How to Change a Miter Saw Blade

The blade of your miter is arguably the most important part of the tool. Without the blade, you would not be able to cut with your miter saw at all! Occasionally there comes a time when you need to change a miter saw blade. Maybe the blade has become faulty, or perhaps you just want to use a different blade on the saw for a separate project. Whatever the case, you’ll find that it’s not a difficult task and you can accomplish it without any expert attention.

How can you tell when it’s time to change a faulty blade? If you discover excess burn marks and chipping on your material, it is an indication that your miter saw blade should be changed. You can inspect the blade for yourself and usually confirm this suspicion when you seen warped or bent teeth on the saw blade, or else missing or chipped pieces along the blade.

Changing a miter saw blade can be done with a couple of tools which can be found in most do-it-yourself tool boxes. It will take you only a few minutes to complete the task. You need to consult your user manual to know the right steps to follow, although most processes are fairly similar. Some models of miter saws are unique and the steps of changing their blades may also be unique. Below are the usual steps to follow in order to change your miter saw blade… bur before you do anything, put on a pair of work gloves:


  • Step 1: Remove the blade guard

The first thing you have to do before you will be able to change your miter saw blade is to remove the blade guard. However, before you mess with the blade guard you need to remove the power source from the saw. This means that you either unplug it from the socket or remove the battery from the device.

The blade guards are normally held in place with a screw. You should be able to simply unscrew it in order to remove the blade guard fully.

  • Step 2: Lock the blade

Once the blade guard is removed, the next thing you should do is to secure the blade. A miter saw features a spindle lock which is located either at the back or in front of the housing of the miter saw. It is generally black in color. Locate this feature and press on it in order to lock the blade. Be sure that the spindle lock is secure. If you lock it properly, the lock will press down.

  • Step 3: Remove the blade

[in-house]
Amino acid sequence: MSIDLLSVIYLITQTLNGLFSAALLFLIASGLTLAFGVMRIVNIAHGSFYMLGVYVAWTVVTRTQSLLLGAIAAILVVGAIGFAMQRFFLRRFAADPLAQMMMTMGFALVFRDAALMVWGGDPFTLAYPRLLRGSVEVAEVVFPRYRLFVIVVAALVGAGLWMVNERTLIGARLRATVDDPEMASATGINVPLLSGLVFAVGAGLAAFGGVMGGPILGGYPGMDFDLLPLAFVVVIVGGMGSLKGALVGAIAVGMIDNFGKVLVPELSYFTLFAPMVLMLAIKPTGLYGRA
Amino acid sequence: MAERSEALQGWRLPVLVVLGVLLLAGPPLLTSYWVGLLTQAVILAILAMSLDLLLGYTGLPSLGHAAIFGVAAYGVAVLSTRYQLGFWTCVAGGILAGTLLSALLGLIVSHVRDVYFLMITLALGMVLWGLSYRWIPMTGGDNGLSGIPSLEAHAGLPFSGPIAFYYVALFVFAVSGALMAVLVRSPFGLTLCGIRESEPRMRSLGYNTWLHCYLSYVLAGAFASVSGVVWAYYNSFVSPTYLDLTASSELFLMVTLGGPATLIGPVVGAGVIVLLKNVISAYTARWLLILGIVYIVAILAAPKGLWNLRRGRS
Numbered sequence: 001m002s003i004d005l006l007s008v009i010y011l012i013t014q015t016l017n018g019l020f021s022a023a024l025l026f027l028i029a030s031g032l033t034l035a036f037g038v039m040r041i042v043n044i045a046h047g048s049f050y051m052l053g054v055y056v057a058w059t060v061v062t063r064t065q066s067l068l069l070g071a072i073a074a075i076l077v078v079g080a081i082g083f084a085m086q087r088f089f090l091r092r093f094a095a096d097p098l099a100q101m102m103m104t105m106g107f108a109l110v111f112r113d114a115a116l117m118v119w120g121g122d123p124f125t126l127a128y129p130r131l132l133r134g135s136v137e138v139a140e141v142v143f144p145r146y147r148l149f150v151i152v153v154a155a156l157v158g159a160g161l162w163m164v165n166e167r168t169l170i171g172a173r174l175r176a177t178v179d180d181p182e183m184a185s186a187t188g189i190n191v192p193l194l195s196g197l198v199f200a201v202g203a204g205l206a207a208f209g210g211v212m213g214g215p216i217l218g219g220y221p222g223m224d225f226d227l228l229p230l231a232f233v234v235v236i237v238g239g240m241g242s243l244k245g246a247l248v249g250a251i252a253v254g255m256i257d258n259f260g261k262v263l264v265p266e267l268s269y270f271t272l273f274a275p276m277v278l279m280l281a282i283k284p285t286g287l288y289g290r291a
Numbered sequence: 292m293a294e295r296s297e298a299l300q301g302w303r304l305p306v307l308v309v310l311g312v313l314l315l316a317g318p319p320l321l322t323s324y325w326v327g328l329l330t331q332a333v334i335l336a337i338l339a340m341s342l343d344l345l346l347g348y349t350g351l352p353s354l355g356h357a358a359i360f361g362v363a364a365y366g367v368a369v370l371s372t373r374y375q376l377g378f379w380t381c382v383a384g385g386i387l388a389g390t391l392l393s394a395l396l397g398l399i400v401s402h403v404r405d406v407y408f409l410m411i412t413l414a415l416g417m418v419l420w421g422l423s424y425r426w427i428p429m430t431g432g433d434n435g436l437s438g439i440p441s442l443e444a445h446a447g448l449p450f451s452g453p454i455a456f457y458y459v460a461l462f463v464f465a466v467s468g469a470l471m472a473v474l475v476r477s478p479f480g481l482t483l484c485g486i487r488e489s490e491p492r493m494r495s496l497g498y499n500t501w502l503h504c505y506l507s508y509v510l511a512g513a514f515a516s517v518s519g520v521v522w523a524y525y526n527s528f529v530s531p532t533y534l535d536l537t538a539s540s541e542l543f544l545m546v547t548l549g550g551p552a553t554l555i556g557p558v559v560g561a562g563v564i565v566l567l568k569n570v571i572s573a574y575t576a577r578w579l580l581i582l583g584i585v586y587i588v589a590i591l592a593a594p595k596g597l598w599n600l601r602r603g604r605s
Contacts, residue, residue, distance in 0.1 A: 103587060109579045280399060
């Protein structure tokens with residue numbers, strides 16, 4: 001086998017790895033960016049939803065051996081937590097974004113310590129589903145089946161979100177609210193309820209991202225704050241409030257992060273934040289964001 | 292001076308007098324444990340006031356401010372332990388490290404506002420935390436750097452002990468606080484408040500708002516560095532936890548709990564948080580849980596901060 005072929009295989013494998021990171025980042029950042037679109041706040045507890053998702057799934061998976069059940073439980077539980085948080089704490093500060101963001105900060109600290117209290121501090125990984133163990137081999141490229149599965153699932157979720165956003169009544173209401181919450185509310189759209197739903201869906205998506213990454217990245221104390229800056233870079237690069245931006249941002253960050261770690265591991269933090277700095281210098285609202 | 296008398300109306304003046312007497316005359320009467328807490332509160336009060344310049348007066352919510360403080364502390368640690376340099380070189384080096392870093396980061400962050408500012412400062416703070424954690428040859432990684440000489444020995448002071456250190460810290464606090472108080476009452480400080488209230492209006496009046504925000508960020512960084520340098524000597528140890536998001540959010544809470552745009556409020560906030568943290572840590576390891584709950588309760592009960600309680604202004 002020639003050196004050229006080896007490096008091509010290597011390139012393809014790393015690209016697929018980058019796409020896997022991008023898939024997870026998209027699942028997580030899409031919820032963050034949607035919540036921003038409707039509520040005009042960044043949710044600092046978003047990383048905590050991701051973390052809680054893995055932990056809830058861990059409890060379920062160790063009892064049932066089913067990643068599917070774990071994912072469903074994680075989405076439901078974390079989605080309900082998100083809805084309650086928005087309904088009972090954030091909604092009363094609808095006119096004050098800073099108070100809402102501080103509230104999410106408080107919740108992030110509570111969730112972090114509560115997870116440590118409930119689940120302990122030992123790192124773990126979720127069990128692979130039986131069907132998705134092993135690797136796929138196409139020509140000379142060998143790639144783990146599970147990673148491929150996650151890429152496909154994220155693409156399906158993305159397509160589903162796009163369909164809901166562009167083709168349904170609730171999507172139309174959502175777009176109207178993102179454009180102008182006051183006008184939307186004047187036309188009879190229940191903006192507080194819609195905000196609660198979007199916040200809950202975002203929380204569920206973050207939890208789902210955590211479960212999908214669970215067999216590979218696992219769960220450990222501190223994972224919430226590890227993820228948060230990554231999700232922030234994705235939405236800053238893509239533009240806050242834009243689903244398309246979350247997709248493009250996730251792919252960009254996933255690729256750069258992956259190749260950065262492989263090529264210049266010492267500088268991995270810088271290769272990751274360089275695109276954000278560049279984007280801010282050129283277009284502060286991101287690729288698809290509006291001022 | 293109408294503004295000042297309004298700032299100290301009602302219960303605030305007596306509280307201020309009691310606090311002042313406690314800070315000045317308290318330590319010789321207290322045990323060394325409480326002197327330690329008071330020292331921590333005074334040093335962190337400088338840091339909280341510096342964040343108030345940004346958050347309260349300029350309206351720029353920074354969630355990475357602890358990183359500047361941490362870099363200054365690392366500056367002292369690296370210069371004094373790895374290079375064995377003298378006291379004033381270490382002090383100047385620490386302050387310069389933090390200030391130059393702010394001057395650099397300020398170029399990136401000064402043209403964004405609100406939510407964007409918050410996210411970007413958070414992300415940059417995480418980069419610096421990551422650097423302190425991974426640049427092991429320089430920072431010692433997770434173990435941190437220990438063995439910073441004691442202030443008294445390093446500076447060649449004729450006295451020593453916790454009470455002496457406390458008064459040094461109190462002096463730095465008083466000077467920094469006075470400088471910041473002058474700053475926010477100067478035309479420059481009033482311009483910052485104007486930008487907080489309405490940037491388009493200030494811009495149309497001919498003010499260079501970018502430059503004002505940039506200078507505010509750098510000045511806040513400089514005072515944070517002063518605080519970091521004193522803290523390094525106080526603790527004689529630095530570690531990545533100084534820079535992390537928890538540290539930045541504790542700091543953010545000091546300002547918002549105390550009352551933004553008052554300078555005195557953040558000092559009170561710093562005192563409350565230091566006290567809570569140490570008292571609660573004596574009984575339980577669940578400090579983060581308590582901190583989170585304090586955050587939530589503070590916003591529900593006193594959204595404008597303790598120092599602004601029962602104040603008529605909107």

Now it’s time to remove the blade. The blade is connected to the saw with a bolt which you have to loosen. You will need an Allen wrench in order to be able to turn the blade clockwise to loosen it. With your finger, you will be able to remove the outer washer of the blade. Don’t touch the inner washer of the blade.

Take the blade out of the saw carefully and try to avoid touching the teeth. If you feel more comfortable, put on a pair of work gloves before you touch the blade.

  • Step 4: Change the blade

The final stage is the changing of the blade. As mentioned above, you need to consult the user manual to ensure that you are using the right manufacturer’s suggested replacement blade and that you are following the right steps for your specific miter saw.

The inner and outer washers of the blade may be drained with oil which lubricates the saw. Wipe the oil before reinstalling the blade. Slip the blade onto the notch over the inner washer.

It is important that you install the blade well because working with a blade that is not properly installed can result in serious injury, as it can malfunction. Put back the outer washer. Use your finger to tighten it back. Use the Allen wrench to tighten the bolt, moving in an anticlockwise direction. Tighten the bolt very well to keep the blade in place. However, try not to over tighten the bolts. They should be securely fastened without being too tight. Put back the blade guard on your miter saw using a screwdriver to tighten it.

6 thoughts on “How to Change a Miter Saw Blade

  1. The only thing I’m not clear on is the second point. Where is the spindle lock located? Do all saws have this feature?

  2. Help! I can’t seem to get the outer washer tight enough. I know it says not to overtighten, but no matter what, it always comes loose. No injuries now, knock wood, but I’m worried. I;m not sure where I went wrong. It’s so concerning that I decided to start tightening it too much on purpose. No dice! Still coming loose. I don’t want to have to replace my whole saw. Can I get a new washer?

  3. Oof…I’m gonna need a video tutorial of this. Do you have links? I want to make sure I don’t make any major mistakes and cut my arm off, haha.

  4. I’m getting a lot of kickback on my brand-new blade. I’m not sure why. It’s scaring the crap out of me. Does the type of wood make a big difference? I am using hard woods lately, but I would think that a new blade would be able to handle it.

  5. Thanks, your a lifesaver! I hate when this maintenance stuff comes up. I’m a woodworker, Jim, not a rocket scientist! But this made it really easy. Another two or three times doing this and I’ll be a pro! I’m excited to try out my new carbide-tipped!


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